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Wild & woolly: Mammoth bone fragment found in the Cape

By Staff | Aug 9, 2018

A bone fossil, measuring about one foot in length and 10 inches in width, was found during UEP construction in the Cape. Contributed photo

Utility workers stumbled upon a mammoth piece of prehistoric history last month when a long bone fragment was found during the North 2 Utility Expansion Project.

The bone, measuring just about one foot in length and 10 inches in width, is believed to be the remnants of a large extinct trunked-mammal, most likely a mastodon or woolly mammoth.

“It’s a fairly large bone fragment and is unlikely to be the only bone in the area,” said Ryan Franklin, assistant director of the Archeological and Historical Conservancy Inc., which was called to assess the fossil bone discovery.

Their field assessment states that “the bone likely came from a horizon of gray clayey sand below several more superficial horizons of fine poorly drained sands and clays.”

The bone recovered was part of the distal end of the humerus, or, the bone in the “arm” that runs from the shoulder to the elbow. This specific fossil would have connected the humerus to the elbow.

The fragment is considered to be at least 12,000 years old, predating human life in Florida, though Franklin said, “Dating is difficult.”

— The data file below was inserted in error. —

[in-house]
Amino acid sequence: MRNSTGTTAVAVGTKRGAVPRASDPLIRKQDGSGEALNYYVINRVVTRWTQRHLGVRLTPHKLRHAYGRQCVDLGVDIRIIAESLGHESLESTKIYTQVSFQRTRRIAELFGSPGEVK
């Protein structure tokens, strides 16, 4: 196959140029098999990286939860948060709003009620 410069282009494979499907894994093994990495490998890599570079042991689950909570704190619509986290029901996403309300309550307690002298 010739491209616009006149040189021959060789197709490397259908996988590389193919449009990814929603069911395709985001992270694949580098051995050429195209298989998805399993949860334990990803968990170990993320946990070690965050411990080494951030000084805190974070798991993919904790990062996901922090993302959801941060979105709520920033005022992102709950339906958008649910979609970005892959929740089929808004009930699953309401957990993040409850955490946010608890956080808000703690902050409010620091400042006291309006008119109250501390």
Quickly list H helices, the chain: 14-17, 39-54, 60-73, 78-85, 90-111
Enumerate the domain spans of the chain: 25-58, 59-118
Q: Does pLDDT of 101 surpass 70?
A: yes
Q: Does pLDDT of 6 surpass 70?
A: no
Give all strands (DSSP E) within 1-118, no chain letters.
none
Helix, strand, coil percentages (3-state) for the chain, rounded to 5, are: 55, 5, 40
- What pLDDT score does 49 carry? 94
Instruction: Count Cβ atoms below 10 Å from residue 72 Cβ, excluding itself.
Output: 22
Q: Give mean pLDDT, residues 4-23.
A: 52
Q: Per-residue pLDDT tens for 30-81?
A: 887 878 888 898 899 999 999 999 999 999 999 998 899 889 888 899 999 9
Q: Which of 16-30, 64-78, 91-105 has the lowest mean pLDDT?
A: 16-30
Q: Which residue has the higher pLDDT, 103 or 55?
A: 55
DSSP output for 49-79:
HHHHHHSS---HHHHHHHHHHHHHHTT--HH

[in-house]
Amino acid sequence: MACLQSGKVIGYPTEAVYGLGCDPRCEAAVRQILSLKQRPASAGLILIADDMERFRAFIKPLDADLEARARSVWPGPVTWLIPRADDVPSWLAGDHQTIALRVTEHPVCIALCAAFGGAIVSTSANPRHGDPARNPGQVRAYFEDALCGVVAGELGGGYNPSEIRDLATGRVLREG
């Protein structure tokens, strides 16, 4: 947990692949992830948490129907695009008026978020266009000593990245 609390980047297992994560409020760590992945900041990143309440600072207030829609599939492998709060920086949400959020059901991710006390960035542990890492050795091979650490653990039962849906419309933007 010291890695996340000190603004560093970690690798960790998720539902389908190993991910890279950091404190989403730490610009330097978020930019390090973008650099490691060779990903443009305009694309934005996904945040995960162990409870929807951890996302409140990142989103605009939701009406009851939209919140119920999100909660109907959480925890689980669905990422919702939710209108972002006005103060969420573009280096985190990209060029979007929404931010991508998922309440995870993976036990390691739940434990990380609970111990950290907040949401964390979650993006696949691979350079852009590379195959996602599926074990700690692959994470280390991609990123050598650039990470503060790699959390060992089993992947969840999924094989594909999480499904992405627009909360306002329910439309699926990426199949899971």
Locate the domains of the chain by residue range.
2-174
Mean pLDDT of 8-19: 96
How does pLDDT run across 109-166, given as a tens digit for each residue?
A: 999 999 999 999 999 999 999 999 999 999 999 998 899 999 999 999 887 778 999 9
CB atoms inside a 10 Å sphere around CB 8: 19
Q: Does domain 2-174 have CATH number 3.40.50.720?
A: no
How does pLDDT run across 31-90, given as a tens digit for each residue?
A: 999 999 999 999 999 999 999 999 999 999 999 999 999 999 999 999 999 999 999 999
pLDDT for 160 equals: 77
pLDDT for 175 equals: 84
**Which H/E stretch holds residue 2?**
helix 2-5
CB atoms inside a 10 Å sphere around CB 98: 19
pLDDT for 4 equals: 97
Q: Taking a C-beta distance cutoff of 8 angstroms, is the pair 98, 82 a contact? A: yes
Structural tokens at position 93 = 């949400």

The report continues that finding fossils of this type are seldom found in isolation, and that there is likely a larger fossil bed in the immediate vicinity with the fossilized remains of this and other animals.

It is not uncommon to find these fossils in the Caloosahatchee River area, the assessment stated.

“There are only two recorded sites in Lee County. This is a likely result of the sites being under-reported, rather than not existing, since most fossil beds are found during deeper excavations (quarrying, deep utility, and lake excavations),” the report detailed.

State statutes involving fossils only cover lands owned or leased by the state. If the land is not state owned, no additional assessment or stoppage is required.

The AHC works in cultural resource assessments across south Florida, with their typical research being in the archeological field.

The bone fragment will be donated to the Cape Coral Historical Society.

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